Retirement interest-only (RIO) mortgages are a product that should play into the natural strengths of building societies: a high degree of careful manual underwriting and relentless focus on customer need.The BSA is pleased that the FCA acted quickly to bring RIO mortgages into the rulebook after recognising during their ageing population work that these products could provide a good solution for some customers.
Showing the interest within the sector, twenty-seven building societies recently attended a roundtable with the FCA architects of the rule changes. During the event, it became clear that societies are keen to think through what extra consumer protections these products might need. While it will be up to each lender to think through the risks, here are a few thoughts.
Looking at the MCOB amendments the standout change is the additional guidance under 11.6.15, which states that:
'When assessing the affordability of a retirement interest-only mortgage with joint borrowers, the firm should consider the ability of a single borrower to continue making the required payments if the other dies, taking into account relevant evidence such as pensions payable to the surviving spouse or civil partner'
We welcome the additional clarity this provides and, certainly, it is good practice to check how much pension income would transfer across to a surviving borrower if the higher-earning partner were to pass away.
However, we know from speaking to experienced advisers in the retirement lending space that, in real life, many joint borrowers say they would not want to live in the same home if their partner died. It may be too large for their needs, or feel too empty.
Essentially, as long as the lender is satisfied that the property would provide sufficient equity to realistically downsize after first death, could they offer a product on this basis? The rules appear to leave this open. Of course there is always the risk that a borrower will say today that they intend to downsize but change their mind in future. It will be up to lenders whether they are comfortable with this risk.
Another interesting point on affordability concerns sources of pension income, where the rules are un-prescriptive. The consultation feedback was clear that '[RIO mortgages] will not be appropriate for older customers who cannot demonstrate their ongoing ability to afford to make interest payments.' Yet lenders may ask – how does this work in a world of pension freedoms?
Under pension freedoms, ongoing affordability relies on the borrower's choice. They essentially take on responsibility for generating an income out of their pension pot, with the longevity and investment risk. Lenders can only make a decision on the information in front of them at the time and assume the borrower will act reasonably. However, for a bit of peace of mind best practice might involve signposting customers to a Government service such as Pension Wise to make sure they really understand their options under pension freedoms.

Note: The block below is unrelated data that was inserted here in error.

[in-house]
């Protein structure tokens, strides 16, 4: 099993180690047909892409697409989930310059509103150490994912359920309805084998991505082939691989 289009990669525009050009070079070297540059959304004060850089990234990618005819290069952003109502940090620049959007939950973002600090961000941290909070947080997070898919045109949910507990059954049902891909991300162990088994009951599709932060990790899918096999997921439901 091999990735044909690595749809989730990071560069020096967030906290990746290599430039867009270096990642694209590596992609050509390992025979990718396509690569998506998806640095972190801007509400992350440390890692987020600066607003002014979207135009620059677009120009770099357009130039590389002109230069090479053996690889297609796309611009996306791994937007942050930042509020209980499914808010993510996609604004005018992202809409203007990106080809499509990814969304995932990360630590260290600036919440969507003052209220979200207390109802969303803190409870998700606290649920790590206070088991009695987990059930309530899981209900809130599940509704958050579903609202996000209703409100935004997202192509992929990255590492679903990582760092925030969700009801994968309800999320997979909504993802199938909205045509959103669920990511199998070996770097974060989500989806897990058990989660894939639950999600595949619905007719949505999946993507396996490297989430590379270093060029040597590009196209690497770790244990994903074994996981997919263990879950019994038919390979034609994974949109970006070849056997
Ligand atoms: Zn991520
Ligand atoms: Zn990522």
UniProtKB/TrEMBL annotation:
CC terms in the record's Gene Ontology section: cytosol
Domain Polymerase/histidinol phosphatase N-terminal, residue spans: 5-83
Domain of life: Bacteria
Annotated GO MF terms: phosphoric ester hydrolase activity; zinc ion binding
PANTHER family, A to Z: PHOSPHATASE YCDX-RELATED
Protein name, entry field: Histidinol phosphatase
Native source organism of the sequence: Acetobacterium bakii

Following on from these thoughts about pension freedoms comes the question – what else can lenders do today to future-proof? One of the less tangible areas is mental capacity.
Building societies have worked hard on their policies and practices for vulnerable customers over the past few years. Working with charities to make branches 'dementia-friendly' or auditing their call centres and record-keeping processes have been central to this.
Vulnerability policy becomes business-critical when lending indeterminately. It is inevitable that some of the people firms lend to today, will develop some form of dementia in future. The sad fact is that a person's risk of developing dementia rises to one in six over the age of 80.
One way customers can address this risk is through a Lasting Power of Attorney (LPA). To link back to the previous point: in a time where more customers are taking on the risk of generating income from their pension pot, a loss of mental capacity could leave them in serious financial difficulty.
For this very reason, a couple of societies already selling RIO mortgages offer a discounted rate for customers who register an LPA. This common sense promotion incentivises customers to plan for the future and prepare for the worst.
The final thing to consider is one building societies cannot do much about: that is the path of future interest rates.
In some ways, a RIO mortgage is similar to a lifetime mortgage. Pricing, however, is very different. With a lifetime mortgage, the rate is fixed for the whole life of the loan. For societies on a traditional or limited prudential approach, there is no way the PRA would allow this. Arguably, even the largest high-street lenders would struggle.
The FCA has made RIO mortgages part of the standard MCOB framework. Stress-testing a RIO mortgage against rate rises is therefore just as important. Arguably it is even more important, as the borrower is likely to be on a largely fixed income from their pension or other investments, and until a remortgage market develops their options may be limited when they come to the end of their initial deal.
While lifetime fixed rates are not in the building society arsenal, could a lifetime-discounted rate protect borrowers against potential interest rate shocks in future?
Of course, it is the responsibility of the borrower to keep up interest payments and repossession is an option if they fail to do this. Another option would be to transition into a lifetime mortgage. However, caution is needed against assuming at the outset that this will always be an option. Lifetime mortgages are very sensitive to loan-to-value bands and just a few years of falling house prices during the life of the RIO mortgage could change the arithmetic substantially.
Originally published as part of Mortgage Matters - to receive Mortgage Matters, please update your preferences.